Friday, February 1, 2013

What are cyclones?


A cyclone is a huge system of rotating wind around a large scale low pressure area called “eye”.

The rotation of wind is anti-clockwise in the Northern Hemisphere and clockwise in the South. This is due to Coriolis force which acts on a moving body (Wind) in a rotating reference frame (Earth).

Tropical Cyclones are known by different names in different areas:
• Hurricanes in the North Atlantic & Eastern Pacific• Typhoons in Western Pacific


Tropical Cyclones arise over ocean in the tropical latitudes (5°N - 15°N) where Coriolis force is substantial enough to stabilize its low pressure eye.

There are two factors that fuel its growth:

1. Evaporation - When the temperature of the ocean surface (up to the depth of 50m) exceeds 28°C, it intensifies evaporation. The warm and moist air above the ocean rises to create low pressure region. The cooler air swirls around to take its place.

2. Condensation - As the warm air rises, the water vapour condenses to form clouds and droplets of rain. This releases latent heat. This heat combined with heat from the ocean triggers more evaporation which in turn leads to greater condensation (chain of events)!

If Tropospheric Vertical Shear (change of wind velocity with height) is low, the storm builds into a cyclone within two to three days. Otherwise, frequently changing speed and direction of wind in upper atmosphere would halt the progress of storm in the upward direction.

When formed, a cyclone is roughly 600km across and 15km high. The winds in it can speed over 100kmph.

The eye of a cyclone is the region of lowest pressure and highest temperature (as compared to surrounding region). It experiences relatively calm wind and fair weather. It is usually about 50km across.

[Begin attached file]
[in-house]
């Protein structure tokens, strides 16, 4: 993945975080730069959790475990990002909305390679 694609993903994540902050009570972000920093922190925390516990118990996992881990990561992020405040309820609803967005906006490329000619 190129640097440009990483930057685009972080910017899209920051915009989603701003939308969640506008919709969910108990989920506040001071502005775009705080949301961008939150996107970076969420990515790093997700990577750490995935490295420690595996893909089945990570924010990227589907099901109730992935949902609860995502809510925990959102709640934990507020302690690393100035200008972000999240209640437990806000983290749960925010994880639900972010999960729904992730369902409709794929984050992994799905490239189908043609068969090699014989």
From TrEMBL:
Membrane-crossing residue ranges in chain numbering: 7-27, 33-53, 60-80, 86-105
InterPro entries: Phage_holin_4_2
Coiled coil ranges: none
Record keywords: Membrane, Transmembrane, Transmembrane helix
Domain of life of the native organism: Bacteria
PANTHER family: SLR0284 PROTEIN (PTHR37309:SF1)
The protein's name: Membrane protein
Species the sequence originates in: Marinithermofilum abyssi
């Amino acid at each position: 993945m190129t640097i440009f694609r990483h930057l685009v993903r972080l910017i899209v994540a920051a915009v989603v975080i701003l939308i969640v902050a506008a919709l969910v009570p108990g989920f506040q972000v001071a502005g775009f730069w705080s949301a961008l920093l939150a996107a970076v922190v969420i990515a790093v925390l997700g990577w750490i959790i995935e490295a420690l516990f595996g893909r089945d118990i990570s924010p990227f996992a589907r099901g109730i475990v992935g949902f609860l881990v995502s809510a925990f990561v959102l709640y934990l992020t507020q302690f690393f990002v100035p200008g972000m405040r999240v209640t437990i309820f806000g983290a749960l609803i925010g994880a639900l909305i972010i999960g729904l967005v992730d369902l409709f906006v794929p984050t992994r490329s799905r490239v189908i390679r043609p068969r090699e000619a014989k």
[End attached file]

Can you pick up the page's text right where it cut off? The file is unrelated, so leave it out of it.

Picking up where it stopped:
After the cyclone is formed, it is steered by Trade Winds (Global Winds that blow predominantly from east to west in the Northern Hemisphere) which is responsible for Hurricane Landfalls in North America.

After reaching the land, the break in chain of evaporation and condensation diminishes the energy of the cyclone. Hence, it dies within few days after landfall.

The fancy names of Tropical Cyclones are basically to facilitate easy communication. A list of 21 names (beginning with alphabets excluding Q, U, X, Y and Z) is prepared for each year. The first tropical storm in that year is given the name with A; the second storm is given the name with B and so on.

This was definitely a tough week for Caribbeans and Northeast Americans after being badly hit by Hurricane Sandy. These are the times when we realize how puny we are in front of the mighty forces of nature.

Tough times do not last, tough people do!

Wishing everyone a speedy recovery.


(Photo Source: NASA
http://img.mit.edu/newsoffice/images/article_images/original/20120113095712-1.JPG

Article References:
1. NOAA - http://www.aoml.noaa.gov/hrd/tcfaq/tcfaqHED.html
2. http://library.thinkquest.org/05aug/00181/how%20a%20hurricane%20forms.htm
3. Earth Science - http://ows.ettruck.com/items/show/21

For further study:
1. http://www.windows2universe.org/earth/Atmosphere/hurricane/formation.html
2. http://www.windows2universe.org/earth/Atmosphere/hurricane/movement.html
3. http://spaceplace.nasa.gov/hurricanes/



No comments:

There was an error in this gadget